A further complicating feature is that a conventional organization may, for example, perform functions for a "membership" but at the same time produce a periodical which serves as a focal point for a "subscribership" which is neither identical nor coterminous with the membership. A further complicating feature derives from the dynamic of a social system in that the growth or decay of a particular organization form may be accompanied by transference of functions to another organization form, for instance due to change in technology. The ability to accomplish this transference may be hindered by inertial features, such as vested interests identified with particular patterns of organization. Because we are trapped within our categorical straitjackets we are unable to appreciate fully the complex and subtle ways in which the various forms of organization share and switch the burden of particular social functions between them. Proposals for social change therefore tend to be based on a rather myopic vision of the functions currently performed by a limited number of conventional organizations, rather than on a panoramic view of the rich and complex organizational ecosystem in which many species flourish and interact.

5.3 Alternative categories

In addition to the organizational substitutes discussed above, it is appropriate to draw attention to what may be called alternative styles of organization.

It is a frequent complaint of those dissatisfied with international NGOs (and IGOs to much lesser extent) that most of these bodies are based on a Western model or concept of organization. As such it is claimed that they do not reflect the style, practice or tradition of organization in non-Western societies. This said, however, the regional organizations in such societies tend to differ very little organizationally from the Western model, except perhaps in the degree of direct or indirect government influence on their activities. The only non-Western bodies which the author has been able to locate which could be said to represent the beginning of an alternative approach to organization at the international level are the Waqf in the Arab culture and associations between widely dispersed Chinese populations based on the family name or the ancestral province. Whether organizational forms currently emerging from the Chinese social experiment could be employed at the international level is a matter for attention (particularly regarding the manner of participation of nation states), but there seems to be no evidence of any use of such a distinct form, except in the trend towards consensus decision-making (as advocated by Unesco).

As was mentioned earlier, deliberate efforts have been made in some cases to create minimally structured organizations which blur into informal networks of individuals, groups or institutions. Where these bear a recognized name, they may presumably be considered as semi-formal bodies. Others are purely informal (eg the commune network).

The pattern of links between organizations across national boundaries may be such that the resultant network effectively constitutes an organization in its own right but at a different level. Such "organizations" emerge without being deliberately designed and created. (It would be useful to know this process could be facilitated.)

The relations between members in an organization are conventionally governed by statutory and procedural provisions detailed in appropriate documents. With the advent of computer data networks linking widely dispersed terminals, a new form of organization is emerging. The rules governing the interaction between the members are precisely embodied in the computer software by which the member users interact through the data network. This technique, known as computer conferencing, has given rise to what are being called "on-line intellectual networks". (33) Some of these already cross national boundaries, linking many institutions. Clearly the rules governing the participation of member-users can be modified to include most of those which are essential to the functioning of a normal organization.

The increased use of the technique noted in the above paragraph could also be accompanied by sophisticated modifications to control procedures in organizations. The current range of organizations is limited because of the need for simple voting and control procedures and easily understandable membership groups. The calculating and display power of the computer permits the use of complex weighted voting techniques to allow for a considerable variety of possible distinctions and means of safeguarding against abuse. For example, one member might be allocated 10 votes on one issue range and 70 on another, with the total votes from particular voting blocs weighted in terms of a complex index, itself governed by a weight changing at an agreed rate over the life of the organization. This would permit a much more subtle make-up of organization membership, reflecting more closely the relative interests, capabilities and qualifications of members. The variety of organizational structures would therefore increase. Organizations could be successfully created from combinations of members which would currently be considered improbable or unstable.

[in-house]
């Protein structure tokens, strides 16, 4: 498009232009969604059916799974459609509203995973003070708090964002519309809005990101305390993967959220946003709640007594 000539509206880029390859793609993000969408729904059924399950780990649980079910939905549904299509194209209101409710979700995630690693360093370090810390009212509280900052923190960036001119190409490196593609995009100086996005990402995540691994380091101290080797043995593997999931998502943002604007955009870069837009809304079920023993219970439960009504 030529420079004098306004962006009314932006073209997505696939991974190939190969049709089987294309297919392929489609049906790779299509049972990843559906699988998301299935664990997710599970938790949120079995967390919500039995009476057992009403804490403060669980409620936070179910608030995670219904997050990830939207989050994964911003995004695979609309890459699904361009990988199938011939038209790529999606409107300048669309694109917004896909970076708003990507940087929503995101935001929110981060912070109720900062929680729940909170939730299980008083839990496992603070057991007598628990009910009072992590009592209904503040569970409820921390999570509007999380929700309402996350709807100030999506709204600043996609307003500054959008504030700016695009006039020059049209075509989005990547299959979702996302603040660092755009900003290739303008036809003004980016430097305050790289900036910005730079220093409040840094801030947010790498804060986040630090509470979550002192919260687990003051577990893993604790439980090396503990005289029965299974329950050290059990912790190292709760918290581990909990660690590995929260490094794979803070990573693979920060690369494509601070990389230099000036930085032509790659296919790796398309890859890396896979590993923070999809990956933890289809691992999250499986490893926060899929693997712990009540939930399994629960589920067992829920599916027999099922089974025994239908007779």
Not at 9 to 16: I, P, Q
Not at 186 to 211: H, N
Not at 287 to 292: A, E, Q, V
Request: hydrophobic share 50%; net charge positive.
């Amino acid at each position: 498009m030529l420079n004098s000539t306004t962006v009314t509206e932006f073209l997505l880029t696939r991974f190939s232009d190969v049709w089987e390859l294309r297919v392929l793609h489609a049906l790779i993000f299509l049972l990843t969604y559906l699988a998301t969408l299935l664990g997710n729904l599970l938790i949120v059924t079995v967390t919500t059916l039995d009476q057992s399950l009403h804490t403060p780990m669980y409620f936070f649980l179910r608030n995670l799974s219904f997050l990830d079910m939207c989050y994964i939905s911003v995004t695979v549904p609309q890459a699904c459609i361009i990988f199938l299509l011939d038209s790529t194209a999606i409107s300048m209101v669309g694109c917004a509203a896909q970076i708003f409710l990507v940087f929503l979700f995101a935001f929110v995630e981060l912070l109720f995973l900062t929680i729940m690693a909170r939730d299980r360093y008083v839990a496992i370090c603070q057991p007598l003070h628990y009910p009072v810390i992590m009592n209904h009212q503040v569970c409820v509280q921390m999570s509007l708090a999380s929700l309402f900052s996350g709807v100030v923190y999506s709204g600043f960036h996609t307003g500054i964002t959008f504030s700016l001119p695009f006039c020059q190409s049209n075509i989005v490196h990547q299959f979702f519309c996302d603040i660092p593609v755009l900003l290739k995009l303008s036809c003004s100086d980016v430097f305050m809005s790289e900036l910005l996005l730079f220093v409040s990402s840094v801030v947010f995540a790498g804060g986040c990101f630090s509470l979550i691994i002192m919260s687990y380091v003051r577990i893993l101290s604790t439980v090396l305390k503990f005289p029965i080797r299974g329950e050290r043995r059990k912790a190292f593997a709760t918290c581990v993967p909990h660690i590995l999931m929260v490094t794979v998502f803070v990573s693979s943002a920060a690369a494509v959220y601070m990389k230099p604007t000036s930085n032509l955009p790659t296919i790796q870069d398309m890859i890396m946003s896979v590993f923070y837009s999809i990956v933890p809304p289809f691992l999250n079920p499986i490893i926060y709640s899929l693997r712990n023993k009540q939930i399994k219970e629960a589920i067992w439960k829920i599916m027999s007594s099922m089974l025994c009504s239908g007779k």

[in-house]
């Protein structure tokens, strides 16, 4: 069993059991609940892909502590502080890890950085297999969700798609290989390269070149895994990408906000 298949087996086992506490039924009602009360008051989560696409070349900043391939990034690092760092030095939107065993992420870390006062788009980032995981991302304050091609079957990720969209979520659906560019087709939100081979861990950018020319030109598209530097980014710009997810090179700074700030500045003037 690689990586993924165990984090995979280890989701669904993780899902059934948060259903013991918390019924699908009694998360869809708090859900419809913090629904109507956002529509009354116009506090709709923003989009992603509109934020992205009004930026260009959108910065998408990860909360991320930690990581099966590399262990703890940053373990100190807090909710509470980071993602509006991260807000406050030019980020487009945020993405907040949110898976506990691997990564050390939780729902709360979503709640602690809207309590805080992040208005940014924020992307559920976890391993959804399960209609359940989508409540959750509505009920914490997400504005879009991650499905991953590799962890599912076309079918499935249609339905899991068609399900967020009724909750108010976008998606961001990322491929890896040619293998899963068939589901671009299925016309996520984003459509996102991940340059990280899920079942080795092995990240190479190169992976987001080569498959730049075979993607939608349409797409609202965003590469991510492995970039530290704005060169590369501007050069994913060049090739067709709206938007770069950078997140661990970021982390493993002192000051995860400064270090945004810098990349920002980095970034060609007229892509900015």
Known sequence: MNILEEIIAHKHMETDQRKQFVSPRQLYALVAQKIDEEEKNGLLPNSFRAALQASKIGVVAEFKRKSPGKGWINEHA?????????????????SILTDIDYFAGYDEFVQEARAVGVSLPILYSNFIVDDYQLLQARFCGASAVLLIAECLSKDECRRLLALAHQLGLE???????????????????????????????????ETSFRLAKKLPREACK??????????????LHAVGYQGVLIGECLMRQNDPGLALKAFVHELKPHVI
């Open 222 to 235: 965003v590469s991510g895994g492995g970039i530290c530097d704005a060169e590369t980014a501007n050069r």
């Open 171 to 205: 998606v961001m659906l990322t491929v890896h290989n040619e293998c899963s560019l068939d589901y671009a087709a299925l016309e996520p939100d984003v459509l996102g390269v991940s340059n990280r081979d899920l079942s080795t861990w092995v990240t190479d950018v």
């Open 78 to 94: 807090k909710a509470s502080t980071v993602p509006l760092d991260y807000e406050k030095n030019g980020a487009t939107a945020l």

The above techniques make possible the existence of organizations which only "cohere" and "exist" on particular issues, or which might have a wide voting membership on one issue, but a very limited voting membership on another. This takes us to a point where the concept of an organization as a distinct and well-defined structure (other than in computer terms) is replaced by an emphasis on the potential components of a structural pattern at any one time and the stimulus necessary to call each of them into play. This formalization of organization dynamics is foreign to conventional thinking about formal organization but is close to the normal intuitive understanding of the operation of small groups, informal organizations and pressure groups.

Clearly the above trends would encourage the emergence of issue-oriented organizations, presenting all the characteristics of a permanent formal organization except that they would be designed to terminate after a period of days, weeks or months. Such bodies might even be rapidly "created" by computer from a pool of members who have registered interest in participating in any such bodies activated by a sufficient number of requests in response to an urgent issue. The whole procedure of informing members, registering statutes, obtaining funds and initiating action would be handled through data networks. A situation might emerge in which considerably more temporary organizations of this kind existed that those of a more permanent conventional nature. This would have many implications (34).

5.4 Quantitative data The growth and development of international organizations has been analyzed quantitatively by many authors (2,4,35). Many of these analyses have been based on the bodies identified in successive editions of the Yearbook of International Organizations and its predecessors.

A summary of the growth of international organizations by type is given in the accompanying statistics. Geographical data on membership and secretariat countries is given in Volume 2: International Organization Participation. An analysis by subject and region is given in Volume 3: Global Action Networks.